[i:67ad13dde6][color=green:67ad13dde6][/color:67ad13dde6][size=24:67ad13dde6][/size:67ad13dde6][/i:67ad13dde6] Theistic evolution is an oxymoron. It contradicts natural selection,not influences it:it is the new Omphalos argument that although selection appears to work mindlessly, there is a mind behind it. That presupposes backwards causation:"putting the future before the past, the effect before the cause, negat[ing] time. "End states are consequences[causalism-nature] , not foregone conclusions[teleology] of beginning states." To obviate this contradiction, theists propose the two category classification of origns[ science] or contingency and creation[ teleology] or necessary being, but that begs the question of the second category. :idea: :wink:
:wink: Yes,indeed. [And why would anyone want worship unless she is narcissistic?] How can such a god operate in the cosmos without being a god of the gaps? What does it mean to be an explanation for the functions of life forms when that contradicts purposeless natural selection,not a purpose in addition? As science shows no purpose, one cannot therfore say that there must be one anyway without begging the question. As Voltaire pointed out, updating him, the function of the nose is to breathe and smell ,but we give it purpose with our wearing glasses. The cosmos has functions ,but we give it purposes when we use any part of it for our benefit.We have no ultimate purpose but we give ourselves purposes. :mrgreen: [ Advocatus, help! I am under siege @ Theology Web as the only naturalist there in its new phase in the naturalist forum there.]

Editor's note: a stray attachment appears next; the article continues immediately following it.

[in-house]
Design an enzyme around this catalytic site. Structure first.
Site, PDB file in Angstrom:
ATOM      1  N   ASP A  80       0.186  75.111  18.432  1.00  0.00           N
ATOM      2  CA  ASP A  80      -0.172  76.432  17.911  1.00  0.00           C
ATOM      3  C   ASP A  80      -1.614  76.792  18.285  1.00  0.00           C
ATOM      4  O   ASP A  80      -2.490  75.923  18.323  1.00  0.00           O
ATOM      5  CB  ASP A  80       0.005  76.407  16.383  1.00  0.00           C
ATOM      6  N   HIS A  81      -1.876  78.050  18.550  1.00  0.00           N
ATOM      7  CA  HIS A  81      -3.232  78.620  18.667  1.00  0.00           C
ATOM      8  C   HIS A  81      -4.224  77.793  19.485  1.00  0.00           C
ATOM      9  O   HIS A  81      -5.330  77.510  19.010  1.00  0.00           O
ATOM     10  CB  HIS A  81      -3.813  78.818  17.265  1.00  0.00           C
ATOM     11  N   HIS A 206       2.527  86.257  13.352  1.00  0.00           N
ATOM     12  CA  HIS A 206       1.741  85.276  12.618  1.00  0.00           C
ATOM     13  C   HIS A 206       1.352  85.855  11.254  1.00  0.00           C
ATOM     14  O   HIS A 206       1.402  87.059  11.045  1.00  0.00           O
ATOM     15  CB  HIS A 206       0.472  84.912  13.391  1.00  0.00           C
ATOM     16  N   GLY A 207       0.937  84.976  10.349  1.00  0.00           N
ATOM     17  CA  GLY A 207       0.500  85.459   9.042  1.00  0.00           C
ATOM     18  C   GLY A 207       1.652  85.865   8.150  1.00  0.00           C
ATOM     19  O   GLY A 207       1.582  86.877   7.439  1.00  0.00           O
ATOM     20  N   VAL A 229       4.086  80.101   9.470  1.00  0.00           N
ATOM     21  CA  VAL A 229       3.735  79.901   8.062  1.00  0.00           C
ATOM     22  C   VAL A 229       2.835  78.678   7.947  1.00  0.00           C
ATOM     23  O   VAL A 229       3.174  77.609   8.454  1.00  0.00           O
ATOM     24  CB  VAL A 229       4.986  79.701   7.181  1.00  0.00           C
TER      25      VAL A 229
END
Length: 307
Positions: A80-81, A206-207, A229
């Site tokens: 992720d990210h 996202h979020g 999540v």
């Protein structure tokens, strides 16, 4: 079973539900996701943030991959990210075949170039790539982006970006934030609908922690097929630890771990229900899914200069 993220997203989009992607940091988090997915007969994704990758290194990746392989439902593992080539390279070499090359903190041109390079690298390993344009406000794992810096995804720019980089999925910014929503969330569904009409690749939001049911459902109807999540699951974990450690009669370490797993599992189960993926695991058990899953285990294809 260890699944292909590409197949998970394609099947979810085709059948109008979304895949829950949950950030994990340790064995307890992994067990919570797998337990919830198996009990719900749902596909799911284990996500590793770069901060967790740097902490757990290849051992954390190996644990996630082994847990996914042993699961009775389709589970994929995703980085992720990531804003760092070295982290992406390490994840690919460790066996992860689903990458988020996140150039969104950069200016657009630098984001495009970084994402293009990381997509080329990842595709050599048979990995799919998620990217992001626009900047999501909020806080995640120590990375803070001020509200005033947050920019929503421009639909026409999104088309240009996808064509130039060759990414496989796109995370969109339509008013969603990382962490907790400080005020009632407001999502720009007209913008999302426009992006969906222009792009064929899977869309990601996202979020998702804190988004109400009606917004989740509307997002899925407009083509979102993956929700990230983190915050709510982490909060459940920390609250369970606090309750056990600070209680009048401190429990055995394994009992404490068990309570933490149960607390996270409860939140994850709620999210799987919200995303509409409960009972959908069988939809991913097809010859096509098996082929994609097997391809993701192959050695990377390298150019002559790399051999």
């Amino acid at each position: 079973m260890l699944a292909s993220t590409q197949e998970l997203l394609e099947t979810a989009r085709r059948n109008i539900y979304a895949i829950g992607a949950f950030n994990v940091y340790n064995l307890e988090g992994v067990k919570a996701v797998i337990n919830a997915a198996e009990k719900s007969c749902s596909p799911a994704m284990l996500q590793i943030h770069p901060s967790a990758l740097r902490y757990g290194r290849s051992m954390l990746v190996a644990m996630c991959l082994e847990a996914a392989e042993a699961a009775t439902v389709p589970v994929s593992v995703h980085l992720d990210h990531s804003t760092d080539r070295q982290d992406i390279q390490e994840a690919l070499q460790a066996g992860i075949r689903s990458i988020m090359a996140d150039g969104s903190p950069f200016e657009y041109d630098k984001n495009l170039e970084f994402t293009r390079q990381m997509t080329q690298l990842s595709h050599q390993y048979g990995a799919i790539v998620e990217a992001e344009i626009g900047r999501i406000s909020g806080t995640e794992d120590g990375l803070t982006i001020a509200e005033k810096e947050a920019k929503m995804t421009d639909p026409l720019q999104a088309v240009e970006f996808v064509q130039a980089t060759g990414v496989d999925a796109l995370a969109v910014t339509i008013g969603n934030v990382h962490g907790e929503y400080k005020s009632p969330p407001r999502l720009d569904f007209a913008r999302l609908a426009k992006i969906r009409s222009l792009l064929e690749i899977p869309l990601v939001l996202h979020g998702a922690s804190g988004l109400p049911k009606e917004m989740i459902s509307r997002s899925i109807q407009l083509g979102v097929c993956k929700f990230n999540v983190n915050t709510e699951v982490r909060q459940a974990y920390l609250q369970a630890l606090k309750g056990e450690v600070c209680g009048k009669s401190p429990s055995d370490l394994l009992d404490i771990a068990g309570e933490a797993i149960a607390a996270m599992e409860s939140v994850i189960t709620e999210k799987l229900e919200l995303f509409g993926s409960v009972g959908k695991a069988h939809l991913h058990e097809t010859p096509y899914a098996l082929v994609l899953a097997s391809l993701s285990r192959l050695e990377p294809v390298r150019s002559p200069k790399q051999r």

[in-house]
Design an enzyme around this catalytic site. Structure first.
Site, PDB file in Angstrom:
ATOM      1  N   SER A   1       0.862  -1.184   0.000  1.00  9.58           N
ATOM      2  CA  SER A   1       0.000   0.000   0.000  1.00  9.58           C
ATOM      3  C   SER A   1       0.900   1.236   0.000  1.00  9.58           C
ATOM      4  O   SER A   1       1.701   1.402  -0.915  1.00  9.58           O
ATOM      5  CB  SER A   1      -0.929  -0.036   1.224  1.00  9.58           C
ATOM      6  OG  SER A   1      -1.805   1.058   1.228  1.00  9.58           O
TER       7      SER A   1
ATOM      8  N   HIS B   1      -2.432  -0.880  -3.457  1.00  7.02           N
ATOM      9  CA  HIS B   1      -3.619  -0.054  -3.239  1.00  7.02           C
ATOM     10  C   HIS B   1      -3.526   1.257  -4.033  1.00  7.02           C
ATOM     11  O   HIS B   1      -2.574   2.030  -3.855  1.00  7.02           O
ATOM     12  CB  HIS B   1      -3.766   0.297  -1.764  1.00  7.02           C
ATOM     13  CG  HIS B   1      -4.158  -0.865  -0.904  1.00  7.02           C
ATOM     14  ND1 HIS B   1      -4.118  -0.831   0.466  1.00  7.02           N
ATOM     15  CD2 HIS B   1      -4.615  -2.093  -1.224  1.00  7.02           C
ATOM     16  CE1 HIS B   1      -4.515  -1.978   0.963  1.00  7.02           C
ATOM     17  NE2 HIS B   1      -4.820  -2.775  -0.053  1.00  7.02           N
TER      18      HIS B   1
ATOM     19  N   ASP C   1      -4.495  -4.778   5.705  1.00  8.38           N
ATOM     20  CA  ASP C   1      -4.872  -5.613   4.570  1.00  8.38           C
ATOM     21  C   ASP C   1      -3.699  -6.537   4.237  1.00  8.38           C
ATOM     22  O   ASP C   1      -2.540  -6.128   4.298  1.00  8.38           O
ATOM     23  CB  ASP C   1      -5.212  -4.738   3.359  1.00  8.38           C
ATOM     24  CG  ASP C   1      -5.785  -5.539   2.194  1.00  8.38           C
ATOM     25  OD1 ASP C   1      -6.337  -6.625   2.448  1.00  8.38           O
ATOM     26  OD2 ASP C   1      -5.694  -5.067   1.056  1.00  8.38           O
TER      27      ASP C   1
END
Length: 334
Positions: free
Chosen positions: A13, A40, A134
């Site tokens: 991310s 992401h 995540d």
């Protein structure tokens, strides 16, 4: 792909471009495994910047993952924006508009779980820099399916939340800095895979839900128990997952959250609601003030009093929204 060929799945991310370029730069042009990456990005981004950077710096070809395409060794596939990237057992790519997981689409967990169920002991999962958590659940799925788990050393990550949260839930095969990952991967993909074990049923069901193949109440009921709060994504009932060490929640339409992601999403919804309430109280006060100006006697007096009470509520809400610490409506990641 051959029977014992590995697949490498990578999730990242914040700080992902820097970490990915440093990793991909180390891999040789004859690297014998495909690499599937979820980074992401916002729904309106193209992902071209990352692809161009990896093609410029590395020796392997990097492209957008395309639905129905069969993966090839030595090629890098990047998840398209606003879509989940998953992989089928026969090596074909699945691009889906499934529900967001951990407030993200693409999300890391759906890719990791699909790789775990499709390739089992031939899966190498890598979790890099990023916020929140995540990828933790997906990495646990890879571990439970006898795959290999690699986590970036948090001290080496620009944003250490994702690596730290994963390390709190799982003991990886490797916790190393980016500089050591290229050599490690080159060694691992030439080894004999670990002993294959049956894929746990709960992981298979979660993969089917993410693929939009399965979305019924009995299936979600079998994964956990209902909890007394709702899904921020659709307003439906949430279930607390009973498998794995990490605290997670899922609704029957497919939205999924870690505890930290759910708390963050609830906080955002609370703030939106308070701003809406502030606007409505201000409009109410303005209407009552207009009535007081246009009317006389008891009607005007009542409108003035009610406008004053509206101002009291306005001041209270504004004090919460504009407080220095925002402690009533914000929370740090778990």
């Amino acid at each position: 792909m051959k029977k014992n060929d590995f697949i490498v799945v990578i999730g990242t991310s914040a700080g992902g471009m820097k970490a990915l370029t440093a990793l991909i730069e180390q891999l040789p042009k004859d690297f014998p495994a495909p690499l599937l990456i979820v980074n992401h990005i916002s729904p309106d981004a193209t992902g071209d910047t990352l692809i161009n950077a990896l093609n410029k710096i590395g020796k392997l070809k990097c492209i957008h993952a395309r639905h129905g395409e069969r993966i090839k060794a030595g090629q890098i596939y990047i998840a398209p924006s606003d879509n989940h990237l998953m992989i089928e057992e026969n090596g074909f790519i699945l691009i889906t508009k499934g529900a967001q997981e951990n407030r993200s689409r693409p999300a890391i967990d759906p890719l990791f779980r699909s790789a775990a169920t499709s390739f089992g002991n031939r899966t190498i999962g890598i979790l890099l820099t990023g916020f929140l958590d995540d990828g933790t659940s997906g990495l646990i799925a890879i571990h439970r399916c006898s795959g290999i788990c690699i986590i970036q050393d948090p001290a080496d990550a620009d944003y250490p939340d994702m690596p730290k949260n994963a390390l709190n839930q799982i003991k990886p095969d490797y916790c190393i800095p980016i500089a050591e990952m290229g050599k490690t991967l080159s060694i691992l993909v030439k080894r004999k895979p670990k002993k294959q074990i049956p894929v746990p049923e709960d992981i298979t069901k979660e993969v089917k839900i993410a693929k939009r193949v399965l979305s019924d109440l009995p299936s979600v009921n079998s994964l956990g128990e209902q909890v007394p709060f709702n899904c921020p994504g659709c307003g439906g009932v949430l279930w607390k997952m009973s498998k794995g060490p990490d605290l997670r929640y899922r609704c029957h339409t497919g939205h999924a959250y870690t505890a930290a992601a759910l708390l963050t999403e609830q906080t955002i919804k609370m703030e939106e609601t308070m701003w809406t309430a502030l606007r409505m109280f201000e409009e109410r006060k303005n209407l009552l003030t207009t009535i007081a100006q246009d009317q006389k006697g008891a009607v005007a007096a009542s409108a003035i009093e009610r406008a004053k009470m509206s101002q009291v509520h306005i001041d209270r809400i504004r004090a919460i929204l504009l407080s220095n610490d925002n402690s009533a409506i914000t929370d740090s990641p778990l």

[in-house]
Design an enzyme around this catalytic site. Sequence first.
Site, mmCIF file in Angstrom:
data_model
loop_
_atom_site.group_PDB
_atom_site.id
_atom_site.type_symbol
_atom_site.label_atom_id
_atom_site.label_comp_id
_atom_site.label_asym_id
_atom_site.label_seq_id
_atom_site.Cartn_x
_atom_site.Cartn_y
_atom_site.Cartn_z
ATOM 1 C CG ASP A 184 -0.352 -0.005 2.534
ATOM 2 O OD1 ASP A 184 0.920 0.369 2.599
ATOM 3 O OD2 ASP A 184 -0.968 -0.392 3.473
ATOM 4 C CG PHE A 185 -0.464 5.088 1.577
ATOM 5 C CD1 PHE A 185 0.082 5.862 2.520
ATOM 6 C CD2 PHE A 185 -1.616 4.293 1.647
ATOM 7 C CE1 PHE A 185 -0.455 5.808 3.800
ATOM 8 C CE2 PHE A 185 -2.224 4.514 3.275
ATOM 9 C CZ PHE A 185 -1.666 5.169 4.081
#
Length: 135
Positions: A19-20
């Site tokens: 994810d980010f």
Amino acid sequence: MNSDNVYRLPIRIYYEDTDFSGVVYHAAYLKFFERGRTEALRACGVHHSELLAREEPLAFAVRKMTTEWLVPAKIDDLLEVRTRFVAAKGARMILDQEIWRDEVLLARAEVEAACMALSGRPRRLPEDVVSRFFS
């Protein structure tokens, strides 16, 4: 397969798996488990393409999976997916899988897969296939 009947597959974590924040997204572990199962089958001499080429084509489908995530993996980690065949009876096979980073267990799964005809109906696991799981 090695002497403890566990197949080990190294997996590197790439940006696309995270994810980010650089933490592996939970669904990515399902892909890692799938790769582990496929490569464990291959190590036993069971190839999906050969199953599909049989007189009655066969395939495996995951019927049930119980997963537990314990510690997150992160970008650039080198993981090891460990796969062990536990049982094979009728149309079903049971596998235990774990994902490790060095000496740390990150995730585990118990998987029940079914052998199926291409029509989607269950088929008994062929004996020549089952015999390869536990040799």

8-29-08 That is a different site! Theology Online.
[quote author=“skeptic griggsy”]And why would anyone want worship unless she is narcissistic?Here we are both in danger of letting our own biases interfere with our reasoning, I’m afraid. It’s possible there is a legitimate reason for wanting to be worshipped, which you would only be aware of if you happened to actually BE an all-powerful being.
Advocatus, help! I am under siege @ Theology Web as the only naturalist there in its new phase in the naturalist forum there.
Theology Web? I’ll check it out. Right now I’m already a little over-extended, but things have been slow at Planet Wisdom lately, so I might drop that from my To-do list.
By the way, some friends of mine at Planet Wisdom have created a site called Realistic Religion, which welcomes agnostics and other open-minded questioners of faith.